Navigating Business Risks: Are Your Eyes Wide Open?

Risks are inherent in every business. Your goal as a business owner isn’t to eliminate every risk your company faces. Let’s be real. Business owners are risk-takers, almost by definition, so complete risk avoidance just isn’t in the cards. Instead, understand the greatest risks to your business, assess the potential consequences, identify options for dealing with them, and implement the risk management tools that make the most sense.

As a business owner, you probably have the most critical business risks on your radar, but maybe you haven’t taken the time to write them down, think through how they could impact your business, and implement a plan for mitigating their potential consequences. If you haven’t done this exercise, there’s no better time than the present to make this investment in your business. 

Risk Identification
Start by engaging your business team and outside experts like your insurance broker, business lawyer and accountant in a discussion of the internal and external risks that face your business. Remember, not all risks arise out of negative situations. Some may come from opportunities that are positive, like acquisitions or organic growth. 

Internal risks fall in a variety of categories. Your business may be able to influence or control some of them. Examples include:

  • Personnel — illness or death of key personnel, complacency and negative culture, resulting in administrative or operational gaps, turnover or a tarnished reputation
  • Plant and Equipment — obsolete equipment, worn parts and faulty equipment due to lack of maintenance, causing shutdowns, significant unexpected cash outlays or fire hazards 
  • Information Technology — outdated, unreliable or unsecure systems or poor processes, risking downtime or security breaches
  • Supply Chain and Logistics — limited vendors and suppliers and exclusive dealing arrangements limiting critical resources
  • Legal Exposure — contracts with inadequate protections or unclear terms, unsafe facilities and ineffective compliance programs
  • Finance — customer credit risk, poor budgeting and lack of cash flow

Categories of external risks that are largely outside the control of a business might include:

  • Competition and Market Changes — increase in costs of transportation and wholesale goods, toughening competition and product obsolescence
  • Business Environment — weather; natural disasters or pandemics causing property damage, business disruption or closure; and changes in laws impacting operations and costs of compliance
  • Outside Commitments — family emergencies and other commitments requiring the attention of personnel

Also consider risks that public companies in your industry might disclose in the Form 10-Ks they file with the SEC. For example, if your business is a coffee shop, take a look at the most recent Form 10-K filed by Starbucks. These reports are chock full of valuable information that will be useful in your company’s risk assessment exercise.

Risk Assessment and Mitigation
Once the team identifies the risks, it should evaluate the potential consequences and how they might impact the company’s financials, operations, strategy and business reputation.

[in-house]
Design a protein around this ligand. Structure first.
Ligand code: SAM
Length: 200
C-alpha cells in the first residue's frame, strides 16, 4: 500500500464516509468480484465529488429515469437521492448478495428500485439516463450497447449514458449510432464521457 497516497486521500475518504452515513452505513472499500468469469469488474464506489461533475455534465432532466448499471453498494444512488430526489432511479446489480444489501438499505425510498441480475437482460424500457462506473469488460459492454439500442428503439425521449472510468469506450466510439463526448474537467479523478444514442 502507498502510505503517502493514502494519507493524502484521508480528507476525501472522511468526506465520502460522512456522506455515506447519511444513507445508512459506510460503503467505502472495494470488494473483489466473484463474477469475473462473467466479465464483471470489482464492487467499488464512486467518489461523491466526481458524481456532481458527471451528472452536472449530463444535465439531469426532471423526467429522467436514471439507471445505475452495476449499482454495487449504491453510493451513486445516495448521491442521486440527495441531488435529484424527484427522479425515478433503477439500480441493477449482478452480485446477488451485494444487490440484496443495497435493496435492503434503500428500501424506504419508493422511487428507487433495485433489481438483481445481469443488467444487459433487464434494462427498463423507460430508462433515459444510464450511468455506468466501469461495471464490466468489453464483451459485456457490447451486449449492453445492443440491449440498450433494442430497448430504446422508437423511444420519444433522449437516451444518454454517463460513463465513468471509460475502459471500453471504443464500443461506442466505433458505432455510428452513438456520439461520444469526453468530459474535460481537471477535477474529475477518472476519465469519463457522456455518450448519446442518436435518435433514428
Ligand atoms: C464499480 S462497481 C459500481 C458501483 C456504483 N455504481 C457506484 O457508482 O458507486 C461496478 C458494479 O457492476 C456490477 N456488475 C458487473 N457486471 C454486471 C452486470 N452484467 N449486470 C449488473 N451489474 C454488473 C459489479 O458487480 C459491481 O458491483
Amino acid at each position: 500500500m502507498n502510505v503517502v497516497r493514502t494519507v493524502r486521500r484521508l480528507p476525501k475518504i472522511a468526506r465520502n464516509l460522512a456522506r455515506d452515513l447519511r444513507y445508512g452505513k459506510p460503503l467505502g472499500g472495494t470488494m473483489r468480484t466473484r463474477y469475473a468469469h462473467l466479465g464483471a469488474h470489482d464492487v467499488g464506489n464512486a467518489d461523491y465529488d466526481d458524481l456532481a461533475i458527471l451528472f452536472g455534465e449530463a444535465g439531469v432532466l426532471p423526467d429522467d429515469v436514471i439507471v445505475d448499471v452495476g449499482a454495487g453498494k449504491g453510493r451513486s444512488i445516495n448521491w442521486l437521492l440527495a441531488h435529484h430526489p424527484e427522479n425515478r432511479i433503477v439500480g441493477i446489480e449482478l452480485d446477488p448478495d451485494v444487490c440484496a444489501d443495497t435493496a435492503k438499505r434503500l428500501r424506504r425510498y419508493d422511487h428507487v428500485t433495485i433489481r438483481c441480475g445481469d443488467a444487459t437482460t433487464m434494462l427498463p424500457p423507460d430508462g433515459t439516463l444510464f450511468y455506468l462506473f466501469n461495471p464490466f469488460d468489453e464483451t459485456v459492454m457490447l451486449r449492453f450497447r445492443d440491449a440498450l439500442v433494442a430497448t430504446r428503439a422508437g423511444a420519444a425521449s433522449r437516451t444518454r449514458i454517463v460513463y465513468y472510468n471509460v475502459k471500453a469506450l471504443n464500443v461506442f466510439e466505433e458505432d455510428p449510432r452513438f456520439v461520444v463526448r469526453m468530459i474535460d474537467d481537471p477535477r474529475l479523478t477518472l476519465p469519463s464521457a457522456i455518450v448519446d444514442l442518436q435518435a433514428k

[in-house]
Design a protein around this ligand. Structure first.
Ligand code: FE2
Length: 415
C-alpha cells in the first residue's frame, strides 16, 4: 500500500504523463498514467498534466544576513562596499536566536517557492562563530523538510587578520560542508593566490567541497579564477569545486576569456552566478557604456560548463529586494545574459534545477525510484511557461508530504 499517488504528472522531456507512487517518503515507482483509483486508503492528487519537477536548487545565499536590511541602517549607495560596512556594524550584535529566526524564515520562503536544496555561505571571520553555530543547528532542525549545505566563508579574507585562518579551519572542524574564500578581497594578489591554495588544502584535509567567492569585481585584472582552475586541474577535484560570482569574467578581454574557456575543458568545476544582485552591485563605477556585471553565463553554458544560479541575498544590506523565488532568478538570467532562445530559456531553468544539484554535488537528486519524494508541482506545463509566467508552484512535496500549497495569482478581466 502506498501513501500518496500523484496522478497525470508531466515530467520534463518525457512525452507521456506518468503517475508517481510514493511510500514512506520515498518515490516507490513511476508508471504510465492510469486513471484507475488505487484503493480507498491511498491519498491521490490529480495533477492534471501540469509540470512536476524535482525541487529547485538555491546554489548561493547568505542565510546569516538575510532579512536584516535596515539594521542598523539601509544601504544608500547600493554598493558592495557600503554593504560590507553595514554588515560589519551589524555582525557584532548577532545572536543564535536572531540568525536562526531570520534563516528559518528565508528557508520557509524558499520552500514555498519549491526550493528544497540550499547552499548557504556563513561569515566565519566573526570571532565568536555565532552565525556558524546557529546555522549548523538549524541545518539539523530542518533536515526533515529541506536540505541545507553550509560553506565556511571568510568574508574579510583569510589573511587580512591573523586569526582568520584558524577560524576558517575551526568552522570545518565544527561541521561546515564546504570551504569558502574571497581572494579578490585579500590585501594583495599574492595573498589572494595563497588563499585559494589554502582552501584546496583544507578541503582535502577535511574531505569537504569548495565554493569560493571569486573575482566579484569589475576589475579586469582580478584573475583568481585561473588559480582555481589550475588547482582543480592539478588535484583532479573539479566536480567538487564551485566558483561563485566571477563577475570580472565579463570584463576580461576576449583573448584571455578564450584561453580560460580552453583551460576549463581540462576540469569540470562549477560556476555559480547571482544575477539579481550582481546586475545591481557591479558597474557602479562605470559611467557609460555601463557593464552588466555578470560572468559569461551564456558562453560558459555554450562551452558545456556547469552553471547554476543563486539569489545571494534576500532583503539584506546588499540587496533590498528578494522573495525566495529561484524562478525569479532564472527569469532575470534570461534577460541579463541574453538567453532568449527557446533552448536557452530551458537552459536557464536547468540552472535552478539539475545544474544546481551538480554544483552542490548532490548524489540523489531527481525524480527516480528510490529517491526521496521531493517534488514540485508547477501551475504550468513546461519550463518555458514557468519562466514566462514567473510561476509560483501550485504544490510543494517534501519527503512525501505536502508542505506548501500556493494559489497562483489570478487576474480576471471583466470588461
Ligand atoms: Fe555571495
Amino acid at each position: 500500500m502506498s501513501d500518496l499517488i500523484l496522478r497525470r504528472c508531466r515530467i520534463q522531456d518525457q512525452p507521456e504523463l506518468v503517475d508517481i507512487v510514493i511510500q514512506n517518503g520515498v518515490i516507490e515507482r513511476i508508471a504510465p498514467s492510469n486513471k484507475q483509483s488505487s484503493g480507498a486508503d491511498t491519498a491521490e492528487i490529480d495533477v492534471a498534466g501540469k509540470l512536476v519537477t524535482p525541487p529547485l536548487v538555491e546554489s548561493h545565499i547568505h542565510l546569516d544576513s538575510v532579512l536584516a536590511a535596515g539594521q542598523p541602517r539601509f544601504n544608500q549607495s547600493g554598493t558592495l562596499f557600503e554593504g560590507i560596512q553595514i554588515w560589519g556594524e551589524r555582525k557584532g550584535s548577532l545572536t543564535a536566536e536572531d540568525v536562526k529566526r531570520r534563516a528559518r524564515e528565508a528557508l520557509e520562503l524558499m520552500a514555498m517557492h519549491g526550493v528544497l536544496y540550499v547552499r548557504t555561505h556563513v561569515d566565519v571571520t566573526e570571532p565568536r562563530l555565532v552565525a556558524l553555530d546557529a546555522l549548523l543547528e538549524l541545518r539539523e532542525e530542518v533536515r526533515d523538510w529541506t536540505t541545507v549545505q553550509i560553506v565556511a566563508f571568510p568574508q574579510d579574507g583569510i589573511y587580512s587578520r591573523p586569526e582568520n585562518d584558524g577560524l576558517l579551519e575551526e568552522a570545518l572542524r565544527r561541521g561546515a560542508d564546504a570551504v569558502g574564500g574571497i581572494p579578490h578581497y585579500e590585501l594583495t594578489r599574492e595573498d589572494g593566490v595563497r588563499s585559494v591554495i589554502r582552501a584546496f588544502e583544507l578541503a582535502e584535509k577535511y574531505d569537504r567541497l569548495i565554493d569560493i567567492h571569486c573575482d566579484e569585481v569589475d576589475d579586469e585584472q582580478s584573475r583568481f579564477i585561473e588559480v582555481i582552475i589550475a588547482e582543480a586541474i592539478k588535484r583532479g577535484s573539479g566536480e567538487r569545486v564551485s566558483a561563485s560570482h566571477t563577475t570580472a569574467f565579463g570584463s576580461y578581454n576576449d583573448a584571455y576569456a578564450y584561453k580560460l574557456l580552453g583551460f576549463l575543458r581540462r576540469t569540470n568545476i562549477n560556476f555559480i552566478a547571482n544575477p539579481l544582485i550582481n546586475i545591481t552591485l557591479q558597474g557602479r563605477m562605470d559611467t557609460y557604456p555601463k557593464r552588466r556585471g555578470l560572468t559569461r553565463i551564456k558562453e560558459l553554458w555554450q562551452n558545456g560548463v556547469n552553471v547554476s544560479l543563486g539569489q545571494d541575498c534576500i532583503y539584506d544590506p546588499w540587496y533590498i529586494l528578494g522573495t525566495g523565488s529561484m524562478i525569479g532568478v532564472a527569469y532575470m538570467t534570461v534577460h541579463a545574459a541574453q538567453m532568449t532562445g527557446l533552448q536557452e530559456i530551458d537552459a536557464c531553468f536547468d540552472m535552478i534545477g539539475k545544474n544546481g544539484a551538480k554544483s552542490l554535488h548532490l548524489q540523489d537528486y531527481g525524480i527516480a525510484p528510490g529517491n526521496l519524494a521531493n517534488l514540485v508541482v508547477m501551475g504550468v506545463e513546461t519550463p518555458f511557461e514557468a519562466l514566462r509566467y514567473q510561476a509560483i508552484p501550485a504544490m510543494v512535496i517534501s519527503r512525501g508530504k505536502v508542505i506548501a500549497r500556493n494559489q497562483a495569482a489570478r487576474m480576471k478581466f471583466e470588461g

Then create a risk matrix. On one axis of the matrix, rank the likelihood of the risk occurring. On the other axis, rank the severity of the potential consequences. The objective is to address all unacceptable risks, but initially the team should focus on mitigating the risks with a higher probability of occurrence and a greater negative impact.

To illustrate, a flood at one of the company’s facilities may seem unlikely, but it could force the closure of the company’s largest production facility. Your company will incur costs for cleanup, production may be interrupted, employees may be displaced, and customers may shift their business — temporarily or permanently — to a competitor. This event has potentially far-reaching implications you’ll wish you had planned for. 

Risk mitigation efforts to consider implementing in advance might include purchasing property casualty and business interruption insurance; developing a plan for communicating with employees, customers and vendors; having a contingency plan in place for continuity in production and order fulfilment; and ensuring company contracts include terms limiting liability to customers, vendors and others that might be impacted.

Remove the Blindfold
Owning a business can be an exciting journey. You will serve your company well by understanding the internal and external risks you’ll face and their potential impact on the company. Don’t make operational and strategic decisions wearing a blindfold. Instead, make them with your eyes wide open. While the journey may still be somewhat treacherous, at least you’ll have an idea where the dangers are lurking and have a plan in place for navigating them so you can reach your destination with the least amount of trouble as possible.

Sheryl Nelson is president of On Point Business Administration. Sheryl’s experience as a business and M&A lawyer provides a unique perspective to clients retaining On Point as outsourced chief administrative officer. That insight also benefits exiting business owners who need to get their businesses in order before going to market and responding to thorough due diligence requests from potential buyers.